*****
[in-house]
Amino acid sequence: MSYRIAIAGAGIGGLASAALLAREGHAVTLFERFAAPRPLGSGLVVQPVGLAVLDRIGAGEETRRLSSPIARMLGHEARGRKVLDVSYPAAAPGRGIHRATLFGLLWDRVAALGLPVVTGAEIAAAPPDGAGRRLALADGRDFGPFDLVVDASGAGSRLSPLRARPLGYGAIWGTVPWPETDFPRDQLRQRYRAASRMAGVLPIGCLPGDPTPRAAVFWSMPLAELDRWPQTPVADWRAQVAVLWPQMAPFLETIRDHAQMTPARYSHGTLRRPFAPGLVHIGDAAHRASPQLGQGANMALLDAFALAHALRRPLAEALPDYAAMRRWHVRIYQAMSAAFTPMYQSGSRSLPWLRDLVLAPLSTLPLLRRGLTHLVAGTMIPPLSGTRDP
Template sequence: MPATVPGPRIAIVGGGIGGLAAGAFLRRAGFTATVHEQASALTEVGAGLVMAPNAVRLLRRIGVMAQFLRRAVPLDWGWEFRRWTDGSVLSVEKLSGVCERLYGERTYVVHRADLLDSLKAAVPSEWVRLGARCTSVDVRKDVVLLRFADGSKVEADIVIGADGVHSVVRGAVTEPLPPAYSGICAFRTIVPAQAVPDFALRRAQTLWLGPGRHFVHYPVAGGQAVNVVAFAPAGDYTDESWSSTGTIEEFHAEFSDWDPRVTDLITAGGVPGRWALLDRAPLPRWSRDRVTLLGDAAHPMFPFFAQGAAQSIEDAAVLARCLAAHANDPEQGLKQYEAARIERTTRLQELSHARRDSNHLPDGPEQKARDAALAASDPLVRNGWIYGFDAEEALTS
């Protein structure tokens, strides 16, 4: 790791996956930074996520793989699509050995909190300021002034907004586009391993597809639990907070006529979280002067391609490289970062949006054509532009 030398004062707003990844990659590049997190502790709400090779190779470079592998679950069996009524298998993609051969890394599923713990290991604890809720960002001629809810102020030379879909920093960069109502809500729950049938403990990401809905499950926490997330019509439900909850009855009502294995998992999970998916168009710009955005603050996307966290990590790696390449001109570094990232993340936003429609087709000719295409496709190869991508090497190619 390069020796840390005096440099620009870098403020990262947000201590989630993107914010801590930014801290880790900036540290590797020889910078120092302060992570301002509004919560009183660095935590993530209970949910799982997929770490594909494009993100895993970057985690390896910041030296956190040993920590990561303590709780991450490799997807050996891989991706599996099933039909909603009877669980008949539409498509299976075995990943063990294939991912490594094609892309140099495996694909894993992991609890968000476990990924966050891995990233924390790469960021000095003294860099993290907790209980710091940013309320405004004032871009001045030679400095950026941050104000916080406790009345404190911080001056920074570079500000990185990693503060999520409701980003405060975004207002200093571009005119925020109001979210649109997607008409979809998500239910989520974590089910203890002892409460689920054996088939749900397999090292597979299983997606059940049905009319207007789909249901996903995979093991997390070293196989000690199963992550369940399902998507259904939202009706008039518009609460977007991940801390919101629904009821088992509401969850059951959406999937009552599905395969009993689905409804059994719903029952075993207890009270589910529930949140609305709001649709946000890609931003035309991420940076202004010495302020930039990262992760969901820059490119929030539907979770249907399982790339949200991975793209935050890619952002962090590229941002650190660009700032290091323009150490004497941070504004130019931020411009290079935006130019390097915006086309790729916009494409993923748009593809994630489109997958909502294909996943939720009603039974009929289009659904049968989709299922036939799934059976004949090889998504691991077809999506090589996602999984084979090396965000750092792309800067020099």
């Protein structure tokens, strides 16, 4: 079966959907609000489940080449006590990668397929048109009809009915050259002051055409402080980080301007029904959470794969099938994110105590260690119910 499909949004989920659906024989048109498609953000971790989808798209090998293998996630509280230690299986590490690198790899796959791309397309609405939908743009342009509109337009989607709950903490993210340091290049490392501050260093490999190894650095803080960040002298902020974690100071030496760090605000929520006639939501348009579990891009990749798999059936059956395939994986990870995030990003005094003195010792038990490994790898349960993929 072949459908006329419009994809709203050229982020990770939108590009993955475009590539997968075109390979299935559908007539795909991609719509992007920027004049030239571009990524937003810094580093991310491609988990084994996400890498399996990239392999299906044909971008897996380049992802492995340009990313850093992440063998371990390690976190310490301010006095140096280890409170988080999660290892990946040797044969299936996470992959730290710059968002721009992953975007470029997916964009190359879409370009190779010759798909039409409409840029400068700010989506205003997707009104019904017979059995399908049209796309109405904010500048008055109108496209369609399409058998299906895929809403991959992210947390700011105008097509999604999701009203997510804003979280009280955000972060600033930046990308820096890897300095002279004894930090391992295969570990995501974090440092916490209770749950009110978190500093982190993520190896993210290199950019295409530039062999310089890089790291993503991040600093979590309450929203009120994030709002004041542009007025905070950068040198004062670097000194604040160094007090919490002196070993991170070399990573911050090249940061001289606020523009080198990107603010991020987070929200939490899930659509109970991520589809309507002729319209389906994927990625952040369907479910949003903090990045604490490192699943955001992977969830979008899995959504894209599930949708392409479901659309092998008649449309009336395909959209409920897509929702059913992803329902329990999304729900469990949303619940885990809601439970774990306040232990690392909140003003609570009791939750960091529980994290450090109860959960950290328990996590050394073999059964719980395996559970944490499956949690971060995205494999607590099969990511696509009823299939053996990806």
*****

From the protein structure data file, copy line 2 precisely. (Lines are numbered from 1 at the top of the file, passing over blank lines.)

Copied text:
Amino acid sequence: MSYRIAIAGAGIGGLASAALLAREGHAVTLFERFAAPRPLGSGLVVQPVGLAVLDRIGAGEETRRLSSPIARMLGHEARGRKVLDVSYPAAAPGRGIHRATLFGLLWDRVAALGLPVVTGAEIAAAPPDGAGRRLALADGRDFGPFDLVVDASGAGSRLSPLRARPLGYGAIWGTVPWPETDFPRDQLRQRYRAASRMAGVLPIGCLPGDPTPRAAVFWSMPLAELDRWPQTPVADWRAQVAVLWPQMAPFLETIRDHAQMTPARYSHGTLRRPFAPGLVHIGDAAHRASPQLGQGANMALLDAFALAHALRRPLAEALPDYAAMRRWHVRIYQAMSAAFTPMYQSGSRSLPWLRDLVLAPLSTLPLLRRGLTHLVAGTMIPPLSGTRDP